Starting well before 2020’s COVID-fueled explosion of outdoor dining—but even more so since—gardener Thomas Little of Urbangreen has been quietly celebrated in New York City for the arresting displays of curbside foliage he orchestrates for an impressive list of the city’s most design-forward restaurants and hotels. Patrons at the likes of Daniel Rose’s Le Coucou and Andrew Carmellini’s Lafayette have found themselves immersed in visions of horticultural fantasy on the way to and from their dining tables.

The gardener Thomas Little has made a name for himself creating and tending to some of the most notable restaurant and café gardens in New York City.

Packed, shaggy, and at times more than a touch anarchic, Little’s container gardens burst out of their allotted limits, invading the sidewalk with arabesques and flourishes of concentrated life force. Look closely and you may see a spiral of sweet potato vine climbing up from an empty tomato can or a spray of castor bean emerging from a scavenged basket or rusty pail, as if the vegetable world is finding unlikely sustenance in the detritus of everyday life.

Little in a backyard he planted in Brooklyn.

As a child, Little recalls, “I was instantly fascinated by the fact that something so tiny” as a seed or sprout “could get so huge in a couple of months. So a perennial preoccupation in my work is the idea of scale and verticality and things too large for the space.” He delights in the overlooked, the humble, and the unshaped combined en masse to engender a sense of delicious abundance (his company’s website terms it “managed chaos”). No surprise, then, that he has been brought in repeatedly to collaborate with design professionals such as John Derian or Robin Standefer and Stephen Alesch of the AD100 firm Roman and Williams, who put a premium on work with distinctive, individual character.

For anyone who might wish to try out his brand of romantic placemaking in residential spaces where a bit of living greenery would be welcome—a front stoop, a roof deck, a suburban courtyard, porch, or patio—Little is more than happy to share the recipe. He distills his practice into six fundamental points:

1. Make it personal.

“I think it’s very important when you’re creating a space to consider the style of the home and the people who inhabit that home,” he says. “Choose things to go into the garden that speak about you and your story.”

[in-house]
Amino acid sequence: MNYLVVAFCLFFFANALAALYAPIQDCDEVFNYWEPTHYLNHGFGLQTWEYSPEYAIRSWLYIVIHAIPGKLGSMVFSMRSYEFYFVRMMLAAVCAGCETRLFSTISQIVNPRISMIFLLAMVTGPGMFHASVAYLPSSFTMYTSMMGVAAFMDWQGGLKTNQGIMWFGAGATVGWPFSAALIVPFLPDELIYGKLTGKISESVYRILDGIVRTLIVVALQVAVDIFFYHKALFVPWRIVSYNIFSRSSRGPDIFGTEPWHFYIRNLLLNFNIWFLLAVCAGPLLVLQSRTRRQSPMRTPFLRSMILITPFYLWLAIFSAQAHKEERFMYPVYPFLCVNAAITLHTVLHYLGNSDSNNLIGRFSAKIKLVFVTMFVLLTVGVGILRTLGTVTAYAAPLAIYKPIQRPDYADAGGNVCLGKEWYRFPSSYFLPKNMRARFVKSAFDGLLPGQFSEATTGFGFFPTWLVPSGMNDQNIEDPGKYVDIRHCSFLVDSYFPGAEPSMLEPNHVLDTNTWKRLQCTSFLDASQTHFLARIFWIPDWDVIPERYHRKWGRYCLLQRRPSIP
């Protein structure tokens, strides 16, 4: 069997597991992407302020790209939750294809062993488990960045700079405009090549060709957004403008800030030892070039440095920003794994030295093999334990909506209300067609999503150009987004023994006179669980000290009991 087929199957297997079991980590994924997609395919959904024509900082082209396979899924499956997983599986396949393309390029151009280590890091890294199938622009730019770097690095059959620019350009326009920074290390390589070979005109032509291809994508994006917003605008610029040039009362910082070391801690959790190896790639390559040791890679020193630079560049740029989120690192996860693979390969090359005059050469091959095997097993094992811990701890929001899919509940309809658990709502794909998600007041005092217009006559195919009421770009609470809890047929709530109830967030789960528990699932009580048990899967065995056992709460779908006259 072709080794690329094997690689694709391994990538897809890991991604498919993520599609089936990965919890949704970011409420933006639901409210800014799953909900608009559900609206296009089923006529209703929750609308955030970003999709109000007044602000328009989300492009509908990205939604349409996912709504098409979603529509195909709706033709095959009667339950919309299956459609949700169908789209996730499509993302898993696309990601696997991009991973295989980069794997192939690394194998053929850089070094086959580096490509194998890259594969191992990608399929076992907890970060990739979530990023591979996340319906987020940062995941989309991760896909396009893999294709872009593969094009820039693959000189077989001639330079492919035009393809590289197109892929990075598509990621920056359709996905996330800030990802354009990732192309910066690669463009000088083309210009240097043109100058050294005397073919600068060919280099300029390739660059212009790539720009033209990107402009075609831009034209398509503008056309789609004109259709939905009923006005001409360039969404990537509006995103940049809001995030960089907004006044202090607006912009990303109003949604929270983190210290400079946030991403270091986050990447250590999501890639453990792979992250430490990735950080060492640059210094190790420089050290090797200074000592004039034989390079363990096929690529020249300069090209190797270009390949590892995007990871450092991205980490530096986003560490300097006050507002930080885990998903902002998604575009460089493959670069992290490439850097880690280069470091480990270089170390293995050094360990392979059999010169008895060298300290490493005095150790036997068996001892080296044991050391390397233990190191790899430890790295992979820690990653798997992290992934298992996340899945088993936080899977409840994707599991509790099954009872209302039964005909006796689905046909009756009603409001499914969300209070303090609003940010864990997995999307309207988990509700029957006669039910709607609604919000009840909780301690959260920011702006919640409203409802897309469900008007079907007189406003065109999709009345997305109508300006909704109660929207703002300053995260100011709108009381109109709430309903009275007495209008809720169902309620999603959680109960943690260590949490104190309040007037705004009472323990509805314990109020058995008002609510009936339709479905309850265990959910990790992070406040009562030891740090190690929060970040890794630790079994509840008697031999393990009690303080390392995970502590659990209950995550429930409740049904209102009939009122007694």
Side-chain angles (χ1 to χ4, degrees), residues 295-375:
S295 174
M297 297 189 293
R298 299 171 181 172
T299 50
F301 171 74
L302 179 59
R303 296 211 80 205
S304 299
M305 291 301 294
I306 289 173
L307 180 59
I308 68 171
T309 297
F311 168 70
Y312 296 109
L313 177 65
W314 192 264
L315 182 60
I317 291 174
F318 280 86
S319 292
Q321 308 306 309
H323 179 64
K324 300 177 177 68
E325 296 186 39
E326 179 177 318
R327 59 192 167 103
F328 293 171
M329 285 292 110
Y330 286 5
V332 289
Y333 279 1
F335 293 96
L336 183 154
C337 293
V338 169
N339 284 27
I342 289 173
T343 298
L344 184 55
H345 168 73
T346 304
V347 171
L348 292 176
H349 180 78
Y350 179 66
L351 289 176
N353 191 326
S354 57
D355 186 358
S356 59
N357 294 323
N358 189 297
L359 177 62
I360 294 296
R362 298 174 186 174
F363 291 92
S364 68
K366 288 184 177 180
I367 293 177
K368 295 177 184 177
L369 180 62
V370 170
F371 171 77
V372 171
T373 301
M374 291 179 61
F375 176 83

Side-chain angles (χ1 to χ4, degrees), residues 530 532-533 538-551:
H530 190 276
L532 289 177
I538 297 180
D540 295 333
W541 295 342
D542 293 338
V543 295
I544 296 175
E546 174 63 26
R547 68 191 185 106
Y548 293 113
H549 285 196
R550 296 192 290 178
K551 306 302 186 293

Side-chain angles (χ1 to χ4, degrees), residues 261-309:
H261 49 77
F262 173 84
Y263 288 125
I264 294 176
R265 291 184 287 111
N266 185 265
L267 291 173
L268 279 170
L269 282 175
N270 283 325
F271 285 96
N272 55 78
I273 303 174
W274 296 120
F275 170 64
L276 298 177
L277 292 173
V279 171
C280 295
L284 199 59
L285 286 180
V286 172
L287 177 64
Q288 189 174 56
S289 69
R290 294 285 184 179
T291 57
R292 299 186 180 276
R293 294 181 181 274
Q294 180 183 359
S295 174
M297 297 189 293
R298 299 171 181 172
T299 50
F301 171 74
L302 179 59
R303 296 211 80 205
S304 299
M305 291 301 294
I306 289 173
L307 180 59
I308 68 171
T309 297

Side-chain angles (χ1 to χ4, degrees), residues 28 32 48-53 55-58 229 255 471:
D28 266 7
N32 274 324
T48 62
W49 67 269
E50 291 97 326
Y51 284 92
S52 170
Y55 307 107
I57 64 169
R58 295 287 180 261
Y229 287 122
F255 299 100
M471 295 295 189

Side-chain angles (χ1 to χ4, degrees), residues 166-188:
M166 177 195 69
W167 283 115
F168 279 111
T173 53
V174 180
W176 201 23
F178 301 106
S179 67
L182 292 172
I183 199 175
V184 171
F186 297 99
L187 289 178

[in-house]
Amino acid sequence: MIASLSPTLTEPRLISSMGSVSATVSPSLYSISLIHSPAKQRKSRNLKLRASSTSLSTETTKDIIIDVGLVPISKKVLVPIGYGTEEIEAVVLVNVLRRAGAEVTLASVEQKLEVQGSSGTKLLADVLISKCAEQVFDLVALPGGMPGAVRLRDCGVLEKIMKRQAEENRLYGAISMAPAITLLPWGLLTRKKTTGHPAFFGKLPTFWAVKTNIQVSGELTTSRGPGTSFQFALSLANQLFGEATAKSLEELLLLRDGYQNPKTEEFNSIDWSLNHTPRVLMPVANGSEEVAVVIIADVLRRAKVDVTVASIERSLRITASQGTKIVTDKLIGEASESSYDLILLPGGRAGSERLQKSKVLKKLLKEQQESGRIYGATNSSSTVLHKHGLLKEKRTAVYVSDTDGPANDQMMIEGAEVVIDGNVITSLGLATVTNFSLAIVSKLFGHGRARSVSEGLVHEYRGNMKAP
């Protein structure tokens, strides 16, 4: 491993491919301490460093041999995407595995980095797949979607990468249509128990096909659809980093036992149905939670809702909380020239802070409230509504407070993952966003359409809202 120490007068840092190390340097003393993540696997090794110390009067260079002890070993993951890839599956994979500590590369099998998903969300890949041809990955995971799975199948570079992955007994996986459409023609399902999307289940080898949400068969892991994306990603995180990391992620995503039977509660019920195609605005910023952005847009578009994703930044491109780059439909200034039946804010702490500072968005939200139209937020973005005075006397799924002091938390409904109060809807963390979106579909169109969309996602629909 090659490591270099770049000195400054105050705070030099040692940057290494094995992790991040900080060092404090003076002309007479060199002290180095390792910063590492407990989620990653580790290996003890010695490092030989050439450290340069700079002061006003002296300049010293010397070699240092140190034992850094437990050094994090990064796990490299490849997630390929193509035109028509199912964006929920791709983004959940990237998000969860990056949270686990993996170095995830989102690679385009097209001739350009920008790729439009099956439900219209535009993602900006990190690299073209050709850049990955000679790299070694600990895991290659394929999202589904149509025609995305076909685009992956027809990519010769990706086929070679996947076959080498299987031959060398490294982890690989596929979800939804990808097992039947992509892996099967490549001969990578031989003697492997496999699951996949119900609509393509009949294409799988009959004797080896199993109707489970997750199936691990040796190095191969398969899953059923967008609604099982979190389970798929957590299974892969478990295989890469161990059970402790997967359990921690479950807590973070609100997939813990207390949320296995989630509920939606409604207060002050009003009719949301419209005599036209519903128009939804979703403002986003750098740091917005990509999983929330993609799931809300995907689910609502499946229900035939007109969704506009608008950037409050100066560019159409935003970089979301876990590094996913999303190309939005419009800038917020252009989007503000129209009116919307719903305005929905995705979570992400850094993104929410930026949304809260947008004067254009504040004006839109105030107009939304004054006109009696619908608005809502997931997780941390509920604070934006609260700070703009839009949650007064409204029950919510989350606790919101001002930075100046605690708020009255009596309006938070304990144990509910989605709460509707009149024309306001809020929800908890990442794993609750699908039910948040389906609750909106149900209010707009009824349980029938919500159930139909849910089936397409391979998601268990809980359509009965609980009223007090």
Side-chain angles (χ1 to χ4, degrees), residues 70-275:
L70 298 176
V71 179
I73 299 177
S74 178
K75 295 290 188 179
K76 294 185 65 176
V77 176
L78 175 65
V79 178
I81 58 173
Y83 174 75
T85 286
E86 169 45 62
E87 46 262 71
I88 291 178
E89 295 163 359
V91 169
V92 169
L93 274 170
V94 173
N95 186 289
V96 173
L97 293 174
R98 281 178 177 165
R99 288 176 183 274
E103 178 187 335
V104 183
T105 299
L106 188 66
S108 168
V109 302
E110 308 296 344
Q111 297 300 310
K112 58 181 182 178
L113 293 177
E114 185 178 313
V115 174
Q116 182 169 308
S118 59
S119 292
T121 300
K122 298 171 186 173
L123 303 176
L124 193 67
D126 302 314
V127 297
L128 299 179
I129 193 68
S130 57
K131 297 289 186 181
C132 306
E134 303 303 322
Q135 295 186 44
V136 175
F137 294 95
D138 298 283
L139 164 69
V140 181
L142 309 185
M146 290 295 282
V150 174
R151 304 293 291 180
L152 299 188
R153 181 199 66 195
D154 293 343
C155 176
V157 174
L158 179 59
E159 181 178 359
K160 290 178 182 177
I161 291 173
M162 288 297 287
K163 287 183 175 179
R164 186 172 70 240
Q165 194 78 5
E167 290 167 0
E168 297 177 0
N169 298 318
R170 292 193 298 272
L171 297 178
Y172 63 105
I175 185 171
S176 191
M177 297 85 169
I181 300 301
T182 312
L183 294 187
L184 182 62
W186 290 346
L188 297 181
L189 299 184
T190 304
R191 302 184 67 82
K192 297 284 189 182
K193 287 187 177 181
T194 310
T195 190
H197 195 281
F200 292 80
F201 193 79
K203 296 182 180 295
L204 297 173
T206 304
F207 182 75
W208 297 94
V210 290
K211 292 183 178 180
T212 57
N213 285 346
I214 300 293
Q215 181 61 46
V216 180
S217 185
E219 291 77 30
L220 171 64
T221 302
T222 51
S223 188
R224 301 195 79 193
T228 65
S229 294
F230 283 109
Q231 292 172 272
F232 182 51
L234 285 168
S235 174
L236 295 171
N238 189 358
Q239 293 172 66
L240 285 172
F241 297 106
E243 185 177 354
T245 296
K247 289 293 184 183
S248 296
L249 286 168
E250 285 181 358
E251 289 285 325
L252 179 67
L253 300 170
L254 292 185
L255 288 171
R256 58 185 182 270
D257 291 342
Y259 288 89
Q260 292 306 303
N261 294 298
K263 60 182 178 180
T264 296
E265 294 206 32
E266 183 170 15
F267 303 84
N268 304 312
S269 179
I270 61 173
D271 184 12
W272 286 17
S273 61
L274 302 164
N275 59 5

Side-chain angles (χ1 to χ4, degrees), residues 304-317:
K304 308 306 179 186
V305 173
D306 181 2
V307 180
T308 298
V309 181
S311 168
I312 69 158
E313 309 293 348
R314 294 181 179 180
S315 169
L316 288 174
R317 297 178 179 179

The sidewalk garden at La Mercerie.

2. Do your research and find plants that are happy in pots.

“You have to think realistically about what’s going to do well in the space, light, and access to water that you have. Don’t try to grow a eucalyptus tree in a whiskey barrel.” Maintenance considerations are especially important: “Containerized gardens require religious watering. Depending on the plant choices you make, this could be up to twice daily in the hottest part of summer. Plants that grow older and bigger in their pots require even more support—regular fertilizing and more water as their root systems develop.”

3. Don’t be afraid to overplant.

Following the famed English gardener Penelope Hobhouse, Little advises that plants in containers can be crowded much closer together than they would be if rooted in the ground. “That’s what actually pushes them up and out and gives you a sense of bounty,” he asserts. “And I think bounty is a really big reward we all seek in gardening.”

Vines climbing a trellis at La Mercerie.

4. Make the most of plants that want to grow vertically.

“Those could be very fast-growing annuals, like morning glory and passion flower, or slower plants that return year after year, like grapevine and kiwi,” he notes. Going high is “a way of getting things up and off the sidewalk or your front lawn—maintaining as much space as possible for yourself, but still making this very dramatic and beautiful thing.”

Altro Paradiso, with plantings from Urbangreen. 

5. Mix different types of plantings.

“Have a certain percentage be evergreen, so that they endure through winter and have a presence. A certain percentage should be annuals, because they grow fast and give a kind of volatility and movement and brightness. And then, if you can, incorporate native species in some way, because natives belong here and have a lower environmental impact. It’s a way of doing what you’re doing and enjoying it, but being less of a burden to the earth.”

6. Don’t be shy with container choices.

Little feels that “we’re programmed to buy everything,” which leads to “a kind of sameness.” Therefore, “use as many found objects for containers as you can, because, again, you’re doing something that’s respectful to Mother Earth. You’re upcycling things that we’ve lost interest in, highlighting them and making them shine.” (Including items you already have also helps up your installation’s individuality quotient.)

Meditative and soft-spoken, the Brooklyn-based gardener nevertheless projects a firm sense of mission. In the wake of the coronavirus and in an era of global warming, Little believes, the simple act of growing something can reinforce our empathetic connection with the wider world. “Create something that isn’t a drain on the environment,” he urges. “Something that’s beautiful, right at your front door. Something that impacts you immediately.”